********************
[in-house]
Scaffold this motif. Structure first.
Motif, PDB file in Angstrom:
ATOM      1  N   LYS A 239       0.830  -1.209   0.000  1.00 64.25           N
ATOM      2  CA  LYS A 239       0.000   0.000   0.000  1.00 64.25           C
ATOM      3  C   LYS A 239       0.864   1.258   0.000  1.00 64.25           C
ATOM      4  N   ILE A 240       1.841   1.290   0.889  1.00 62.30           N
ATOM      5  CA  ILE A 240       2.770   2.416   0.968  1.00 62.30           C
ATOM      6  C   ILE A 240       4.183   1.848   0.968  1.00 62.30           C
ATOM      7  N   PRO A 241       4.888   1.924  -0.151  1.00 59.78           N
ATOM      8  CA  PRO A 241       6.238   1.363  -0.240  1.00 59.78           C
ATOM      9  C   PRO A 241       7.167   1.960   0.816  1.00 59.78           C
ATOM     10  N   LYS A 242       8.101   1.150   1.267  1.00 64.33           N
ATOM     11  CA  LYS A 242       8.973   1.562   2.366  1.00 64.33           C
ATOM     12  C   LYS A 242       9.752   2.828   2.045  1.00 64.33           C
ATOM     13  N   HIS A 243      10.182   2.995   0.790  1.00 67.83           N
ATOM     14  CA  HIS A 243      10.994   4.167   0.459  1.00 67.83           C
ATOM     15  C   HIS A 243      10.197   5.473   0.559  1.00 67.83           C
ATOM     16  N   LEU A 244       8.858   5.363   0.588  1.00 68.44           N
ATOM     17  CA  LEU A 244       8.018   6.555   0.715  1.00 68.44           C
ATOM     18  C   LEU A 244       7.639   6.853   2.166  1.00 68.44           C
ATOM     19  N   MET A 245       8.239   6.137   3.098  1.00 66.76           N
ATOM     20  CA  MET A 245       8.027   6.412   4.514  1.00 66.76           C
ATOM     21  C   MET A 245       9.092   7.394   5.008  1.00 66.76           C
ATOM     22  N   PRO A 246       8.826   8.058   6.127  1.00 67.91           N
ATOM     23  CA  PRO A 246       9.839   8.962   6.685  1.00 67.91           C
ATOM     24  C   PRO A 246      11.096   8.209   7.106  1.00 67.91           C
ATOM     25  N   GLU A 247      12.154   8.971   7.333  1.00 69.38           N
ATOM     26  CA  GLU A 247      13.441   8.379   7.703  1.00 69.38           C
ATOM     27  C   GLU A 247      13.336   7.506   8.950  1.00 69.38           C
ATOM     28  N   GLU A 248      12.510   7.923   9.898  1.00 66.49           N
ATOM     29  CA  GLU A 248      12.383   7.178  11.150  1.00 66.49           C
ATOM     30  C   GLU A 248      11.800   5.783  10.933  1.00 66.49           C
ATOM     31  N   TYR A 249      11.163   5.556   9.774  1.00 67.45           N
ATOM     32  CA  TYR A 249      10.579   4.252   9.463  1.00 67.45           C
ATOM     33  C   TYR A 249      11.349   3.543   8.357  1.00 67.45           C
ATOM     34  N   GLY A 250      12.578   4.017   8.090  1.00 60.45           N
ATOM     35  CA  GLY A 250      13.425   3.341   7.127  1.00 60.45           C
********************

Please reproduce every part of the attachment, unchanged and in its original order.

[in-house]
Scaffold this motif. Structure first.
Motif, PDB file in Angstrom:
ATOM      1  N   LYS A 239       0.830  -1.209   0.000  1.00 64.25           N
ATOM      2  CA  LYS A 239       0.000   0.000   0.000  1.00 64.25           C
ATOM      3  C   LYS A 239       0.864   1.258   0.000  1.00 64.25           C
ATOM      4  N   ILE A 240       1.841   1.290   0.889  1.00 62.30           N
ATOM      5  CA  ILE A 240       2.770   2.416   0.968  1.00 62.30           C
ATOM      6  C   ILE A 240       4.183   1.848   0.968  1.00 62.30           C
ATOM      7  N   PRO A 241       4.888   1.924  -0.151  1.00 59.78           N
ATOM      8  CA  PRO A 241       6.238   1.363  -0.240  1.00 59.78           C
ATOM      9  C   PRO A 241       7.167   1.960   0.816  1.00 59.78           C
ATOM     10  N   LYS A 242       8.101   1.150   1.267  1.00 64.33           N
ATOM     11  CA  LYS A 242       8.973   1.562   2.366  1.00 64.33           C
ATOM     12  C   LYS A 242       9.752   2.828   2.045  1.00 64.33           C
ATOM     13  N   HIS A 243      10.182   2.995   0.790  1.00 67.83           N
ATOM     14  CA  HIS A 243      10.994   4.167   0.459  1.00 67.83           C
ATOM     15  C   HIS A 243      10.197   5.473   0.559  1.00 67.83           C
ATOM     16  N   LEU A 244       8.858   5.363   0.588  1.00 68.44           N
ATOM     17  CA  LEU A 244       8.018   6.555   0.715  1.00 68.44           C
ATOM     18  C   LEU A 244       7.639   6.853   2.166  1.00 68.44           C
ATOM     19  N   MET A 245       8.239   6.137   3.098  1.00 66.76           N
ATOM     20  CA  MET A 245       8.027   6.412   4.514  1.00 66.76           C
ATOM     21  C   MET A 245       9.092   7.394   5.008  1.00 66.76           C
ATOM     22  N   PRO A 246       8.826   8.058   6.127  1.00 67.91           N
ATOM     23  CA  PRO A 246       9.839   8.962   6.685  1.00 67.91           C
ATOM     24  C   PRO A 246      11.096   8.209   7.106  1.00 67.91           C
ATOM     25  N   GLU A 247      12.154   8.971   7.333  1.00 69.38           N
ATOM     26  CA  GLU A 247      13.441   8.379   7.703  1.00 69.38           C
ATOM     27  C   GLU A 247      13.336   7.506   8.950  1.00 69.38           C
ATOM     28  N   GLU A 248      12.510   7.923   9.898  1.00 66.49           N
ATOM     29  CA  GLU A 248      12.383   7.178  11.150  1.00 66.49           C
ATOM     30  C   GLU A 248      11.800   5.783  10.933  1.00 66.49           C
ATOM     31  N   TYR A 249      11.163   5.556   9.774  1.00 67.45           N
ATOM     32  CA  TYR A 249      10.579   4.252   9.463  1.00 67.45           C
ATOM     33  C   TYR A 249      11.349   3.543   8.357  1.00 67.45           C
ATOM     34  N   GLY A 250      12.578   4.017   8.090  1.00 60.45           N
ATOM     35  CA  GLY A 250      13.425   3.341   7.127  1.00 60.45           C